The Legendary Queen Boudica And The Iceni Tribe

1672 words - 7 pages

The Legendary Queen Boudica and the Iceni Tribe Whenever discussing 'British history', the first things that usually come to mind are the numerous Johns, Edwards, and Henrys that reigned Great Britain; the medieval knights in shining armor that rode war-horses; or the great Shakespearean plays that modeled today's literature. But what about the history behind 'British history?' In fact, not much is known about what went on in the Roman-Britain era(43 AD to 383 AD). Roman-Britain history is not common knowledge, not even common knowledge to the honors English Student. Therefore, it would be most informative to learn about something that had occurred in the "older" 'British history', and in this case, the Roman-Britain era. One significant, historical event that occurred during the Roman-Britain era would be the Boudican Revolt (61 AD), which was led by the notable Warrior Queen, Queen Boudica and the stalwart Celtic Tribe she controlled, the Iceni.In the days of the Roman-Britain era, during the first century when Rome wanted to rule everything, their existed a very powerful and prosperous Celtic Tribe that lived in Eastern Britain known as the Iceni. Although the Romans were invading Britain, the Iceni Tribe remained friendly with the new invaders and became allies; this alliance lasted from 43 AD to 60 AD. To further show this alliance, at the very beginning of the Roman invasion, the Iceni even aided the Romans by informing them where they could find the Briton's chief commander's bastion; Caesar later defeated this chief commander and declared victory. The Romans figured that the best way to keep the peace with its new provinces was to bribe the elite; Britain inhabitants were offered power, wealth, office, and status just as long as they adopted the Roman ways of life. For example, the Iceni king Prasutagus became a client-king of Rome, meaning he controlled the Iceni Tribe with consent of the Romans. In return for being an autonomic tribe, the Iceni had to pay taxes to the Romans. This peace only lasted for so long.The Iceni Tribe was the most advanced tribe that occupied Britain. They were very affluent due to the trade that had flourished between the Romans and Britons across the English Channel. "From the quality of their expensive gear and gold objects found in their territories, it may be considered that the Iceni were a wealthy people. . . a suggestion which may have some bearing on later events." (Webster 47) Because of this, the Iceni issued their own coinage; they used this coinage to later finance the Boudican Rebellion. The Iceni tribe also had the knowledge of metal working with bronze and iron, which was used to create the fine iron swords and light chariots they possessed. This gave them the advantage of being superior in warfare then anything ever seen in Britain. The Iceni were also very flashy with what they wore to battle; although it was common for warriors of a Celtic tribe to fight naked, most were adorned with gold...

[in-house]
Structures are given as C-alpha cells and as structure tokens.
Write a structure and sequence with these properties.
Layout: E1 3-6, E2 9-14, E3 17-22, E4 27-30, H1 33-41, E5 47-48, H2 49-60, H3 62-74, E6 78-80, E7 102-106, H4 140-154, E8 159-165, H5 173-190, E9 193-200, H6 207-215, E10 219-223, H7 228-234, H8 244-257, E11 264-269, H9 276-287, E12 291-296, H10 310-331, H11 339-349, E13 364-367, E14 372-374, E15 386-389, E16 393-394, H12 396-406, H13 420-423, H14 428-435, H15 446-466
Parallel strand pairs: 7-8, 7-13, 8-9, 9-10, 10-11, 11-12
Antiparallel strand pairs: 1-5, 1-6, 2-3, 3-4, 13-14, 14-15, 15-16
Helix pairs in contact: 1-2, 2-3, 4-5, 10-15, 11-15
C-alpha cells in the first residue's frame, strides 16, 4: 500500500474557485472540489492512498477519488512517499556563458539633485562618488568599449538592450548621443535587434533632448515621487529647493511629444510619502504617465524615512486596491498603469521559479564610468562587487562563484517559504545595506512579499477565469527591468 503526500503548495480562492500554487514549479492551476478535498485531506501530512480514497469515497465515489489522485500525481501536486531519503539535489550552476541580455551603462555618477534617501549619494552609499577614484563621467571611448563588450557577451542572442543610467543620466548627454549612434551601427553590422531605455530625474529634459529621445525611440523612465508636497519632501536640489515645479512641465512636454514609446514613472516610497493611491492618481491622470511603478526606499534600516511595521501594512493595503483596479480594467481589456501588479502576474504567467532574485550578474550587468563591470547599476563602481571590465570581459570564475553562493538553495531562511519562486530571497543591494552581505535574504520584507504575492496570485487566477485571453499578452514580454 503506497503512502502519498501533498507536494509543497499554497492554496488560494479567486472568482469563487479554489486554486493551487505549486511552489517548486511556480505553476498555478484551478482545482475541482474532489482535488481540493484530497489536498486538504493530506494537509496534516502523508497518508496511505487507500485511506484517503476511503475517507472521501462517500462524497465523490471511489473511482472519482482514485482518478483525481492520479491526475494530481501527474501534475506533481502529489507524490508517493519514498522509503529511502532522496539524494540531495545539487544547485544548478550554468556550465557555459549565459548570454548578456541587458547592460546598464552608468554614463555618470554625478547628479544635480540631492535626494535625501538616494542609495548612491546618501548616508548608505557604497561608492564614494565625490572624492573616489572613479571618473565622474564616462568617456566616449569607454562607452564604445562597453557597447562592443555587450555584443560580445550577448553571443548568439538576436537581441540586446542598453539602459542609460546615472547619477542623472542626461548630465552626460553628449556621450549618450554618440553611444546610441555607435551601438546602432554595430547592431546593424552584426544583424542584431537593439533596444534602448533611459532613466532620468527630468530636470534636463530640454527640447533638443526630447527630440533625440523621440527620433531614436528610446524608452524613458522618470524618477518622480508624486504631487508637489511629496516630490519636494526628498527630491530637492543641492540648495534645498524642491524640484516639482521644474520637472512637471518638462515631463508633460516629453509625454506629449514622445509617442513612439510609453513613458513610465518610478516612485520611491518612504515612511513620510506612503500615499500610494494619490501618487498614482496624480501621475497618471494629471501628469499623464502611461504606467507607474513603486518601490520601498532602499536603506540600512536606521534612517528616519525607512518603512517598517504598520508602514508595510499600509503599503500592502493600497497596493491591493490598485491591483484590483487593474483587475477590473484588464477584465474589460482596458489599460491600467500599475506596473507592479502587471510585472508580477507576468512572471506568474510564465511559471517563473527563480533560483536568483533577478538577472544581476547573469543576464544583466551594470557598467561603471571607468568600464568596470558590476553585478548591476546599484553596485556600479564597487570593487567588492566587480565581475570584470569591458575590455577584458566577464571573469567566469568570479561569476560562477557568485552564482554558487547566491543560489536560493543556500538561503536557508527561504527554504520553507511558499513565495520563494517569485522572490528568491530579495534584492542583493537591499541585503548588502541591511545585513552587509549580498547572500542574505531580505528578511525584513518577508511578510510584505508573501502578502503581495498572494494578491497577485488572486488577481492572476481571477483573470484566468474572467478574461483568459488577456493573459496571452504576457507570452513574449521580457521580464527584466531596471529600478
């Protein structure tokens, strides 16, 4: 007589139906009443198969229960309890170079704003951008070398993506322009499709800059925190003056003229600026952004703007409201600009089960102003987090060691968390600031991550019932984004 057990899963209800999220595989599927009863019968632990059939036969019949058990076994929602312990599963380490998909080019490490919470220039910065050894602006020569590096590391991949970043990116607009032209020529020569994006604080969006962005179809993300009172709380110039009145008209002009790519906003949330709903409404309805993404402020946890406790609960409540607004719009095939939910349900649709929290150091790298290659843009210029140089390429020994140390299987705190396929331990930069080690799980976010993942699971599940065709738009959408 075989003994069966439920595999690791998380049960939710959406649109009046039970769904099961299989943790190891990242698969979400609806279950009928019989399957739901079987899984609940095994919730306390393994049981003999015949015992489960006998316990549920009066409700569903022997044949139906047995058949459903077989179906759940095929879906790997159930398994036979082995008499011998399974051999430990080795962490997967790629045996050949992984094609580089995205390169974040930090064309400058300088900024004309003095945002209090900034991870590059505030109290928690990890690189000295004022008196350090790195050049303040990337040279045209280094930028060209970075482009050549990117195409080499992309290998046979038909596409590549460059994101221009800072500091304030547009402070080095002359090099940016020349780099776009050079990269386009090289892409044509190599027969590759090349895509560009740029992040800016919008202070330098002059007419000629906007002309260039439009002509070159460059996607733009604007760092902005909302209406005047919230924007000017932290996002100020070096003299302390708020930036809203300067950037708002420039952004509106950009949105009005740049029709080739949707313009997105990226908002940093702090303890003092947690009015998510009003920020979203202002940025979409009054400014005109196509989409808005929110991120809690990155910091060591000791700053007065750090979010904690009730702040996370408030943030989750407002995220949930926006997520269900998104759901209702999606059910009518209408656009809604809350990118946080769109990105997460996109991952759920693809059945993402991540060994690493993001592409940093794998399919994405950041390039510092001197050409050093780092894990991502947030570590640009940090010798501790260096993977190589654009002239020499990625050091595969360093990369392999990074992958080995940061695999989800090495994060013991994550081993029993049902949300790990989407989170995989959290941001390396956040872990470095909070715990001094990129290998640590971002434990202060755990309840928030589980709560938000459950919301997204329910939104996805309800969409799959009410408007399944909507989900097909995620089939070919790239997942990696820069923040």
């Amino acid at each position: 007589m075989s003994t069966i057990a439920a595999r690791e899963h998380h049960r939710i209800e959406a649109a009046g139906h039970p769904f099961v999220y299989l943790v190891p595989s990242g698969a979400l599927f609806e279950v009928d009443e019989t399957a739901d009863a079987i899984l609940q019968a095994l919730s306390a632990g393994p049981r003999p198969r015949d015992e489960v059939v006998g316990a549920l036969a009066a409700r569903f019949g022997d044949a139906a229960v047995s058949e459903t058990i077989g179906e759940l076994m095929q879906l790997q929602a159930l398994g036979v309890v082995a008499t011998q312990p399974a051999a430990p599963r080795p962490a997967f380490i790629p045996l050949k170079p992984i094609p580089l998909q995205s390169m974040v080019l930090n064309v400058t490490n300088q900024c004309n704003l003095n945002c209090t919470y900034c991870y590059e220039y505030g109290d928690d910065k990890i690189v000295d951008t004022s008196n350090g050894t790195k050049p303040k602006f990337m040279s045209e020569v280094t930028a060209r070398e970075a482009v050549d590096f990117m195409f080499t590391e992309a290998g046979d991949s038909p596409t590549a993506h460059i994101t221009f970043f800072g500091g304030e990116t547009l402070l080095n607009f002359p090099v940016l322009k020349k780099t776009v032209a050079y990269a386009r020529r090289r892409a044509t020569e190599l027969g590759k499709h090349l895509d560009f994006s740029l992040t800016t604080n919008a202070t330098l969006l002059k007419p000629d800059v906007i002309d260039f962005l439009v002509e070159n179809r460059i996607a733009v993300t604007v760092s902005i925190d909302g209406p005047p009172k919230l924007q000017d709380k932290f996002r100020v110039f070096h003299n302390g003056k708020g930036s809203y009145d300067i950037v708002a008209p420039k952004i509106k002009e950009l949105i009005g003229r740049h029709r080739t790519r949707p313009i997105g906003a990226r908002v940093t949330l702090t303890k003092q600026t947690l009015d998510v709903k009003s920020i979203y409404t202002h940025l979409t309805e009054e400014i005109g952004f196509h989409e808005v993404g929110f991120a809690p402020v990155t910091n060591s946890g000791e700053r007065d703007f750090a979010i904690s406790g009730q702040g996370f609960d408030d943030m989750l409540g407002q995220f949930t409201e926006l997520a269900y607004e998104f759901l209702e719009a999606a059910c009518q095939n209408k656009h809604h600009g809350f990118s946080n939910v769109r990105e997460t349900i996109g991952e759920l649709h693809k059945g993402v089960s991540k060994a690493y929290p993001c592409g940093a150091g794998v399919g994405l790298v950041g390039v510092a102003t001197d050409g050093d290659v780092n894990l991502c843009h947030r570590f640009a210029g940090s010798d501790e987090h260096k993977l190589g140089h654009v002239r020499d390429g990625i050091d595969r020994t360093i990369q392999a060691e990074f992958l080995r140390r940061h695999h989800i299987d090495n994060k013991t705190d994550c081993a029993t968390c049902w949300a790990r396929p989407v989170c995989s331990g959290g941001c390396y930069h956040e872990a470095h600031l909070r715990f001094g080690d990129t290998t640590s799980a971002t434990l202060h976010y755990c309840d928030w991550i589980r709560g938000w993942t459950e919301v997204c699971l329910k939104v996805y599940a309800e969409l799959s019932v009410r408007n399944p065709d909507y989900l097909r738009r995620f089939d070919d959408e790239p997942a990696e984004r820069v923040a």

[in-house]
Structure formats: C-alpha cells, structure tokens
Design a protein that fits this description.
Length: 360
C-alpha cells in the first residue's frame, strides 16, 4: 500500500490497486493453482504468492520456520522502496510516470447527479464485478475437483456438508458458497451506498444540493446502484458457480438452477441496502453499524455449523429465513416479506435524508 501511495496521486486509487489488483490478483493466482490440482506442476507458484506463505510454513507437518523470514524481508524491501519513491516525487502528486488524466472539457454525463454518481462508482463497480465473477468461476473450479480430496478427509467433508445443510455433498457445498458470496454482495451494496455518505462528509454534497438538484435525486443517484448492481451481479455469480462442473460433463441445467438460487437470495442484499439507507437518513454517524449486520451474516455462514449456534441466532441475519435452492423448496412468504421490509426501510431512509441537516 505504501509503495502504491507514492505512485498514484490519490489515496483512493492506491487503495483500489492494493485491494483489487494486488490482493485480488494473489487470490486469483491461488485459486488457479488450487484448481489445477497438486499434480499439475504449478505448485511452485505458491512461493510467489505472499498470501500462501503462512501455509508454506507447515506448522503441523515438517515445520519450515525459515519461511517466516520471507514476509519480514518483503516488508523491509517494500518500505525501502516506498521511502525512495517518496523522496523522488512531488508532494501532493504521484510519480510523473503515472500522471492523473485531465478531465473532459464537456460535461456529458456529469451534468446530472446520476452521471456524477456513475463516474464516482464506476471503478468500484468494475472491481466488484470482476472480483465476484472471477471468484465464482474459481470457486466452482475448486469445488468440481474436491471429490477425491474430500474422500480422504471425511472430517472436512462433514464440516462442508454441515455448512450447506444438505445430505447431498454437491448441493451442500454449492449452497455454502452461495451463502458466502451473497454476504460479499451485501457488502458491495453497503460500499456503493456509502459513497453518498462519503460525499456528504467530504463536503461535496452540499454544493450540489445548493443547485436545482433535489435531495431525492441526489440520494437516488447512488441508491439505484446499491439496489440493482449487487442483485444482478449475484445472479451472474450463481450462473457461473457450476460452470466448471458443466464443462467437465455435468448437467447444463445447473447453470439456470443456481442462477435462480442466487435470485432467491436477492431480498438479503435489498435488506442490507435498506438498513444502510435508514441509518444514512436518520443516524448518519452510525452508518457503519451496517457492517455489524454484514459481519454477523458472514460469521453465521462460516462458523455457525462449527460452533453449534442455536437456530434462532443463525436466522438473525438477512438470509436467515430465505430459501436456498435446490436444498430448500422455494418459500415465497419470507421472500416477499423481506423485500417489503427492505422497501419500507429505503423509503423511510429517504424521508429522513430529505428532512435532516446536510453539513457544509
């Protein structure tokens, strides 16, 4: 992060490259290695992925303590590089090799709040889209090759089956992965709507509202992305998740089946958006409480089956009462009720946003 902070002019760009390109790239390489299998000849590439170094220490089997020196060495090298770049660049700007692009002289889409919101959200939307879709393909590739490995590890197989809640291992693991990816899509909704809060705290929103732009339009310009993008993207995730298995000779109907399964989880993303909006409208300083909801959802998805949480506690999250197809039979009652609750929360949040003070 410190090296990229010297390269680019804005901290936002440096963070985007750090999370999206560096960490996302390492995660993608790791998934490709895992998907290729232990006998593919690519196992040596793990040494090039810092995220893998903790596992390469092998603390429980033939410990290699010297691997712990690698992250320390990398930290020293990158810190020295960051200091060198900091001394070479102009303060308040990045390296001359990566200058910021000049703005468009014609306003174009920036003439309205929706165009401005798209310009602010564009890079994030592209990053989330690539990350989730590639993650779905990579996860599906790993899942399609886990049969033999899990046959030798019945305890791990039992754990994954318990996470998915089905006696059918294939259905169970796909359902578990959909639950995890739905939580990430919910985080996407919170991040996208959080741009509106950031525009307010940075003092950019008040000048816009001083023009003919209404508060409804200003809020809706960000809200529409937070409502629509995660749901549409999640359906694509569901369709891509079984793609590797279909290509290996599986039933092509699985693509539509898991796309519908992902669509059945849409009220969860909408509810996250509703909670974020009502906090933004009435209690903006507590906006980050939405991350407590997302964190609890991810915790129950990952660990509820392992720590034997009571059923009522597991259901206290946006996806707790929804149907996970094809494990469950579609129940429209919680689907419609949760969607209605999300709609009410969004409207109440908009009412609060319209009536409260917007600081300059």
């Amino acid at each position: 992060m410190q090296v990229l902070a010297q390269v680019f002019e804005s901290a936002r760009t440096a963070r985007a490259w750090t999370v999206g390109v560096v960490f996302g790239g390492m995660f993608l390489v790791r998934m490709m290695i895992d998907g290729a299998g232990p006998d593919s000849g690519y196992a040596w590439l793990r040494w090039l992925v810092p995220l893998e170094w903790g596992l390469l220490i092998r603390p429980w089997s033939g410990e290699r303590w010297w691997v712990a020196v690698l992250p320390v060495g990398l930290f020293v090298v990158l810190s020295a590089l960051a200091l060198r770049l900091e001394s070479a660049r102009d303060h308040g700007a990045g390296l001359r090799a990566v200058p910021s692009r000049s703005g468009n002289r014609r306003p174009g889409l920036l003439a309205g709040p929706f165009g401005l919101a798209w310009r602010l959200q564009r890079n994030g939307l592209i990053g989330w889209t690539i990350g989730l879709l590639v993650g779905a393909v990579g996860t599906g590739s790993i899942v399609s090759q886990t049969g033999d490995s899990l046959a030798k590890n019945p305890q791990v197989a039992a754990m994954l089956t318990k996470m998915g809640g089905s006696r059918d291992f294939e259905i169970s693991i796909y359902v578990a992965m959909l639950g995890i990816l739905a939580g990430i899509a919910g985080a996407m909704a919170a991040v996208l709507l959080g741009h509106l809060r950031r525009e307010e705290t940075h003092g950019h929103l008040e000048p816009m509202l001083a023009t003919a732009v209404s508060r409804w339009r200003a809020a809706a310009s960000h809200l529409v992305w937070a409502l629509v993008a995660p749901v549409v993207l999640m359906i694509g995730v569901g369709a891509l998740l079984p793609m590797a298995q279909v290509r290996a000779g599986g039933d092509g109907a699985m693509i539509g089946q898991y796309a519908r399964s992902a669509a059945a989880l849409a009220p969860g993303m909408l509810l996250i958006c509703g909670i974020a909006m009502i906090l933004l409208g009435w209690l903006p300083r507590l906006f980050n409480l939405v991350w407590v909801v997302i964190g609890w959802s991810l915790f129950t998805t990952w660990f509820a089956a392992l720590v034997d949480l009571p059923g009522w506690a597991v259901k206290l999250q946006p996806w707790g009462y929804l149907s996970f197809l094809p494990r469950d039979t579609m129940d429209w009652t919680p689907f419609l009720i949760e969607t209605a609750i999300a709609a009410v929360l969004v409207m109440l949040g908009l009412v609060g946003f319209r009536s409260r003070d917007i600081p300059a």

Find Another Essay On The Legendary Queen Boudica And The Iceni Tribe

The Queen and I Essay

8904 words - 36 pages Untitled The queen and I - Sue Townsend The Monarchy Has Been Dismantled; When a Republican party wins the General Election, their first act in power is to strip the royal family of their assets and titles and send them to live on a housing estate in the Midlands. Exchanging Buckingham Palace for a two-bedroomed semi in Hell Close (as the locals dub it), caviar for boiled eggs, servants for a social worker named Trish, the Queen

The Functions and Structure of the Legendary Telegraph

2364 words - 10 pages closer to one another. Not only was it when it was used during its golden age, but it also brought the Morse code with it which is still useful in today’s world. With my fascination with the telegraph, I was curious as to how the process of electromagnetism worked in the process of operating it. As I spent my time relearning about the physics and structure that went into working the telegraph, I was able to comprehend its concept of electromagnetism

The Ayari Tribe

693 words - 3 pages In the docudrama ‘Alinta the Flame’ we observe the effect that white settlers had on a young Aboriginal girl and her tribe the Ayari people. It is obvious that the invaders significantly changed the lives of Alinta and the Ayari people in a very negative way. The Ayari people welcomed white settlers into their land and they took advantage of it, both Mcnab and Finlay eventually betrayed the Ayari people. Ultimately Mr Goodman’s group of white

The Zulu Tribe.

511 words - 2 pages The Zulu culture is one of the largest tourist attractions of South Africa. About seven million Zulu live in the Republic of South Africa, mostly in the province of Natal. They make up the largest language group in that country, very often punctuated with distinctive click sounds. The Zulu, which literally translates into "the people of heaven", are a very friendly and sociable tribe, displaying obstinate devotion to their leader, the Inkosi

The Maasai Tribe